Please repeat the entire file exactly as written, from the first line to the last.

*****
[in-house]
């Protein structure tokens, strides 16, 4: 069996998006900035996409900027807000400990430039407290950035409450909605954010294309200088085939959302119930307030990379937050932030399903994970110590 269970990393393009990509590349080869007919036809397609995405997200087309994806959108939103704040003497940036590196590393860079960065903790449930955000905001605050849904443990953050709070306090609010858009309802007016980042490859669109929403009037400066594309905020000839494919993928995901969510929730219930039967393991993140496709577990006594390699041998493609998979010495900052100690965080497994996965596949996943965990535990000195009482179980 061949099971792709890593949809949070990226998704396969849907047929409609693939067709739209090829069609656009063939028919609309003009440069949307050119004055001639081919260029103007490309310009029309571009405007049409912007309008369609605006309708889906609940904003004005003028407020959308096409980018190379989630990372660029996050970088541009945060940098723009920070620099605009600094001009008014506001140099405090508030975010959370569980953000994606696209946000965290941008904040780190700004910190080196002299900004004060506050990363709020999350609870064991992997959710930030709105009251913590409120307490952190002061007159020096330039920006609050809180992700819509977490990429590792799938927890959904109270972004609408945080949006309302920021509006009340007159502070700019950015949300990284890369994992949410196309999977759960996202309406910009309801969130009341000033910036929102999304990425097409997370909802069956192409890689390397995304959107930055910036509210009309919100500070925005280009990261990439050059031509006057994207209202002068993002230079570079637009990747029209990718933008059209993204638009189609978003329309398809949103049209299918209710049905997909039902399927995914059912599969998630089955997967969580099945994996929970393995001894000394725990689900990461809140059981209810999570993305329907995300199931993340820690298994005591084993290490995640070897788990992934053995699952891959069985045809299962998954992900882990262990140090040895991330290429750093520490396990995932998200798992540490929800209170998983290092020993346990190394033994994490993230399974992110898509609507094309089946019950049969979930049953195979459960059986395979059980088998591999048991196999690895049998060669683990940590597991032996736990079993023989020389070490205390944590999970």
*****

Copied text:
[in-house]
């Protein structure tokens, strides 16, 4: 069996998006900035996409900027807000400990430039407290950035409450909605954010294309200088085939959302119930307030990379937050932030399903994970110590 269970990393393009990509590349080869007919036809397609995405997200087309994806959108939103704040003497940036590196590393860079960065903790449930955000905001605050849904443990953050709070306090609010858009309802007016980042490859669109929403009037400066594309905020000839494919993928995901969510929730219930039967393991993140496709577990006594390699041998493609998979010495900052100690965080497994996965596949996943965990535990000195009482179980 061949099971792709890593949809949070990226998704396969849907047929409609693939067709739209090829069609656009063939028919609309003009440069949307050119004055001639081919260029103007490309310009029309571009405007049409912007309008369609605006309708889906609940904003004005003028407020959308096409980018190379989630990372660029996050970088541009945060940098723009920070620099605009600094001009008014506001140099405090508030975010959370569980953000994606696209946000965290941008904040780190700004910190080196002299900004004060506050990363709020999350609870064991992997959710930030709105009251913590409120307490952190002061007159020096330039920006609050809180992700819509977490990429590792799938927890959904109270972004609408945080949006309302920021509006009340007159502070700019950015949300990284890369994992949410196309999977759960996202309406910009309801969130009341000033910036929102999304990425097409997370909802069956192409890689390397995304959107930055910036509210009309919100500070925005280009990261990439050059031509006057994207209202002068993002230079570079637009990747029209990718933008059209993204638009189609978003329309398809949103049209299918209710049905997909039902399927995914059912599969998630089955997967969580099945994996929970393995001894000394725990689900990461809140059981209810999570993305329907995300199931993340820690298994005591084993290490995640070897788990992934053995699952891959069985045809299962998954992900882990262990140090040895991330290429750093520490396990995932998200798992540490929800209170998983290092020993346990190394033994994490993230399974992110898509609507094309089946019950049969979930049953195979459960059986395979059980088998591999048991196999690895049998060669683990940590597991032996736990079993023989020389070490205390944590999970």